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This week at the Washington Post, an ironclad, inarguable ranking all 106 players on the Broncos and Panthers. The list is a combination of best players, most valuable players, and also most important ones. For example, two players who maybe aren’t quite as good as these rankings imply have a pretty critical role on Sunday:

11. Michael Oher, T, CAR
Oher, who started for the Ravens in Super Bowl XLVII, joins Harry Swayne (San Diego, Denver, Baltimore), Jon Runyan (Tennessee, Philadelphia), and Fred Miller (St. Louis, Chicago) as the only offensive tackles to start in Super Bowls for different teams.

12. Mike Remmers, T, CAR
Given the Broncos’ league-best pass rush, the pressure will be on Oher and Remmers to contain Denver’s terrifying edge-rushers. Remmers, an undrafted free agent in 2012 who has been with six franchises in four seasons, could be the key to the game — for both teams.

You can read the full article here.

  • Roger Kirk

    The article has a link to another WP article repeating the canard that Manning had the lowest passer rating of all qualified QBs this season. http://tinyurl.com/z53qzye

    That distinction belongs to Ryan Mallett. The NFL website includes only his record with Baltimore. http://tinyurl.com/he24g4s

    Yahoo Sports gets it right, combining his stats with both Houston and Baltimore. http://sports.yahoo.com/nfl/stats/byposition?pos=QB

    • WR

      Does it really matter if Manning is ahead of Mallett? Either way, his numbers were terrible.

      • Johhny Ohrl

        But he is the 4th best player among the SB players. Meaning this SB has a lot of crap players 😉

        • McGeorge

          I think it means that QB is very important. A bad QB will still be up there because he has a huge impact on the game.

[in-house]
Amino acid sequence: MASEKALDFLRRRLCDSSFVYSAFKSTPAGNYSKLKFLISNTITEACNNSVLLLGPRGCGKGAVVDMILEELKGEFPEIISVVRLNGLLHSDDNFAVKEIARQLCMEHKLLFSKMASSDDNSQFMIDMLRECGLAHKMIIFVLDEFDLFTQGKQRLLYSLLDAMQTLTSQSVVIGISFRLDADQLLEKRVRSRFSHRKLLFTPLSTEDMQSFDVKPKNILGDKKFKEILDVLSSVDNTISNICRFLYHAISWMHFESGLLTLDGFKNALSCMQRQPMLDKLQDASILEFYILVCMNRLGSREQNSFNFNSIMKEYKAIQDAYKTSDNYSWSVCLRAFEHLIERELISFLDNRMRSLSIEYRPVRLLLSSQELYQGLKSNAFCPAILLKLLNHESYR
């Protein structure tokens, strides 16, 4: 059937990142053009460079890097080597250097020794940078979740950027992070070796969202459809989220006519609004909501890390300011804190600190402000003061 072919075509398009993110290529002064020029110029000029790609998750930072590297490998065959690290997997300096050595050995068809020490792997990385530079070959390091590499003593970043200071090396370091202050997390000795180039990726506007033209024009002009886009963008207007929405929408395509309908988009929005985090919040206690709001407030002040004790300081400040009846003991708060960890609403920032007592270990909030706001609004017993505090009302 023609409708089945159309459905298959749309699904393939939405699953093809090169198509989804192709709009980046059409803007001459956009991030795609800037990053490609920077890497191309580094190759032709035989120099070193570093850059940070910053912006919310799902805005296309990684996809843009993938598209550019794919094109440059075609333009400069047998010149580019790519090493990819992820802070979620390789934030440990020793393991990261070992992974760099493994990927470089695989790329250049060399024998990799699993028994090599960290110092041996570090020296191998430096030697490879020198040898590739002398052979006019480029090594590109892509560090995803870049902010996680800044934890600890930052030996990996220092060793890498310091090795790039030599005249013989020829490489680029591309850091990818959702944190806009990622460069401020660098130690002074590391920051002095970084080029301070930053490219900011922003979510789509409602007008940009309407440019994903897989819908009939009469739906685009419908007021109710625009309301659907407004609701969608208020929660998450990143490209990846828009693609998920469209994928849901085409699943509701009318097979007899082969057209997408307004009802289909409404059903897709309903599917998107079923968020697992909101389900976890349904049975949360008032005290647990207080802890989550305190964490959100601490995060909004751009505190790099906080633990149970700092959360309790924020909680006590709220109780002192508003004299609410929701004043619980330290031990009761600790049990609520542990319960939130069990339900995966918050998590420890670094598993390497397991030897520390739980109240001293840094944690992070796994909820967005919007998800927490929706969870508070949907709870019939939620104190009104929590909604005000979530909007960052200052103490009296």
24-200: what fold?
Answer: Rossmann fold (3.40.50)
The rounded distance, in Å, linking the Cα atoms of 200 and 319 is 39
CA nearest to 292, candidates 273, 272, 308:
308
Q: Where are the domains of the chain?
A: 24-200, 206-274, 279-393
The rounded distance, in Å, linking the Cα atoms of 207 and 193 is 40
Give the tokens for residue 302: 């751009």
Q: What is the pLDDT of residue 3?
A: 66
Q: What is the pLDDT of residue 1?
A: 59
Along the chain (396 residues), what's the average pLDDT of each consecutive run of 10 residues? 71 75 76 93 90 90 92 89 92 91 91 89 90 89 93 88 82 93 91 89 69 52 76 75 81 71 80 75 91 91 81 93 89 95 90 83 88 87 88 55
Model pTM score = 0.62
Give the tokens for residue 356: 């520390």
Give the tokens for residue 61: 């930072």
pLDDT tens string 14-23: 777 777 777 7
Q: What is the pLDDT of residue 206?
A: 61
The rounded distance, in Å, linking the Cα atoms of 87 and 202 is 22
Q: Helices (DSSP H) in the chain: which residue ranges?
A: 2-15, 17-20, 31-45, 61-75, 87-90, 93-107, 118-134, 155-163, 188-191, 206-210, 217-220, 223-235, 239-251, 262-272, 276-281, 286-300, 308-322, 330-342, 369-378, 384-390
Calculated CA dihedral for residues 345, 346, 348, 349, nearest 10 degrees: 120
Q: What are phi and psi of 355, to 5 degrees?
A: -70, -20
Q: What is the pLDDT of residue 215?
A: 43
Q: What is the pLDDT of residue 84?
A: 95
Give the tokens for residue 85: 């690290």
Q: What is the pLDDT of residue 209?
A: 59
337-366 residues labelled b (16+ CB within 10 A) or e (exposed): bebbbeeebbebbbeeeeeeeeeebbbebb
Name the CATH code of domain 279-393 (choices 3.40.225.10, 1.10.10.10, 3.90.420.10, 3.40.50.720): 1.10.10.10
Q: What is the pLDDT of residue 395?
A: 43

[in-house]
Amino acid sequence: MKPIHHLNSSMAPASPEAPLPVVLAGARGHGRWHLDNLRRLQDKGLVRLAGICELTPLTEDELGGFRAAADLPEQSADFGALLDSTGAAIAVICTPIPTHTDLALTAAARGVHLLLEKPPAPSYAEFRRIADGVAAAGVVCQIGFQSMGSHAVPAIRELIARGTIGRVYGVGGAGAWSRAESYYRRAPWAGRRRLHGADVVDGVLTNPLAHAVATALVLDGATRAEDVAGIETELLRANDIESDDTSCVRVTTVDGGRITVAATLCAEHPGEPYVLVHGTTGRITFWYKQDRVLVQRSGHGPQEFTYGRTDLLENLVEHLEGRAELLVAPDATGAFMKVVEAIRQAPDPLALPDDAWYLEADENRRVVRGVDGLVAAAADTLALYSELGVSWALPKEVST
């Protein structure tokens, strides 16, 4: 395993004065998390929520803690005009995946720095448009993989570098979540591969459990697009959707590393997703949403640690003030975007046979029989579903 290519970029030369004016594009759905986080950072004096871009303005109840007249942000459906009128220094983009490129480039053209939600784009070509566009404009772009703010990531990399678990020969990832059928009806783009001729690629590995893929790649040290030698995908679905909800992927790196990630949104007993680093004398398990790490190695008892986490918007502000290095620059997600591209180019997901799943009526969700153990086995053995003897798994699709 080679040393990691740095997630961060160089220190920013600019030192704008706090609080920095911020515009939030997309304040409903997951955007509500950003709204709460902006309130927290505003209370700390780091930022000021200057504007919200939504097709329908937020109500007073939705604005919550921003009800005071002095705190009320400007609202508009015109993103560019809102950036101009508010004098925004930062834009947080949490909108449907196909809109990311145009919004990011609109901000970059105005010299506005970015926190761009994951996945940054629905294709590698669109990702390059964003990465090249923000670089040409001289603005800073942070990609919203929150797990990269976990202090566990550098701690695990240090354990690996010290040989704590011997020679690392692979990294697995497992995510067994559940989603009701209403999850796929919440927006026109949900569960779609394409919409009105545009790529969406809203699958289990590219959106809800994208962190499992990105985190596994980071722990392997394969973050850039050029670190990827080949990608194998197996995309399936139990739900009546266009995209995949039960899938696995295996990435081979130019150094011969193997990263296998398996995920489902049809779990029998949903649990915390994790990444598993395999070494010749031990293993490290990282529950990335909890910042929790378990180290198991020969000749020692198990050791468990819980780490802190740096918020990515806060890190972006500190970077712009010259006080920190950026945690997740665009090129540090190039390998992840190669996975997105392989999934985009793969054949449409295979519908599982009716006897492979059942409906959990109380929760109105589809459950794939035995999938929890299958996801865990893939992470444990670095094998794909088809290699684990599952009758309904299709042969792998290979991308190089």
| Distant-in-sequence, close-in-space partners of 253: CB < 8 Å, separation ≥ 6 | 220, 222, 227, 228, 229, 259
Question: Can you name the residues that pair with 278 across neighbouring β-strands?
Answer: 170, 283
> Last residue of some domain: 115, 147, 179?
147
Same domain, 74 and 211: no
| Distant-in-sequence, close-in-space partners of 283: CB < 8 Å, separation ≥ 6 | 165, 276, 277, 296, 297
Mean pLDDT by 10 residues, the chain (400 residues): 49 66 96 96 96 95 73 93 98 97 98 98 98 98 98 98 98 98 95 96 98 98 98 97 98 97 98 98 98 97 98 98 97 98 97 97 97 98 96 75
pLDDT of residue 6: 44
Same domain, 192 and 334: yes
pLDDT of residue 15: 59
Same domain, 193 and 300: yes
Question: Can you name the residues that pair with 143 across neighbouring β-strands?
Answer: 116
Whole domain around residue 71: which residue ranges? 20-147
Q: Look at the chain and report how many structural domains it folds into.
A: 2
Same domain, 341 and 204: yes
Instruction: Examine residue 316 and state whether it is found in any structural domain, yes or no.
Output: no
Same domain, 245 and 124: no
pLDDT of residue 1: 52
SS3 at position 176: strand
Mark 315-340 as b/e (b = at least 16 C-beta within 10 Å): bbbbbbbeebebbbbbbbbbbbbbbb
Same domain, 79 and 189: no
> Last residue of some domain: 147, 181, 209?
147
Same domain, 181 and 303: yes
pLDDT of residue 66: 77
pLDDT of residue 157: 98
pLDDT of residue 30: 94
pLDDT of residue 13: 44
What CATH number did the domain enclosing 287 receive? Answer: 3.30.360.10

I hope it’s a good close entertaining game.

    • I don’t get too worked up about passer rating, but you are obviously correct that you need to include Mallett’s time with both teams. That said, have you seen PR taken out to the hundredths? Because Manning and Mallett are tied at 67.9 in passer rating on Yahoo and PFR.

      • Roger Kirk

        First let me say I was inspired by your July 20, 2014 post “Worst Passer Ratings In Every Year Since the Merger” which mentioned that “Incredibly, six different quarterbacks finished with the lowest passer rating in the NFL one year and wound up winning a Super Bowl later in their careers: Trent Dilfer, Troy Aikman, Phil Simms, Doug Williams, Jim Plunkett, and Terry Bradshaw” and that Mark Rypien was the only QB to finish with the lowest rating in a year after winning the Super Bowl.

        This fact stuck in my mind and I was following Manning’s chances to join Rypien this year, which seemed like a foregone conclusion until his and Mallett’s performance in week 17.

        When I saw Manning’s 67.9 listed ahead of Mallett’s 67.9 on Yahoo I assumed they had been calculated to more decimal places and were listed in the proper order, just rounded off, an assumption based on the thought if they were listed alphabetically Mallett would be ahead of Manning. Oops, what if they were listed alphabetically and Peyton was ahead of Ryan?

        With this in mind, I just looked up the NFL’s amazing passer rating formula and did the calculations on an online calculator accommodating nine decimal places. Rounding off to a mere two, Mallett finished at 67.93, Manning at 67.91.

        So I was wrong for a change and apologize to any Washington Post employees I slandered. Manning does indeed join Rypien, not to mention becoming the only QB to finish last in passer rating and go to the Super Bowl (and perhaps win it) the same year.

        By the way, Manning outperformed Mallett by a total a bit over 11 points in three of the four components of the NFL’s arcane passer rating formula (completion %, Y/A and TD %) but Mallet gained 11.15 points on the fourth, INT %.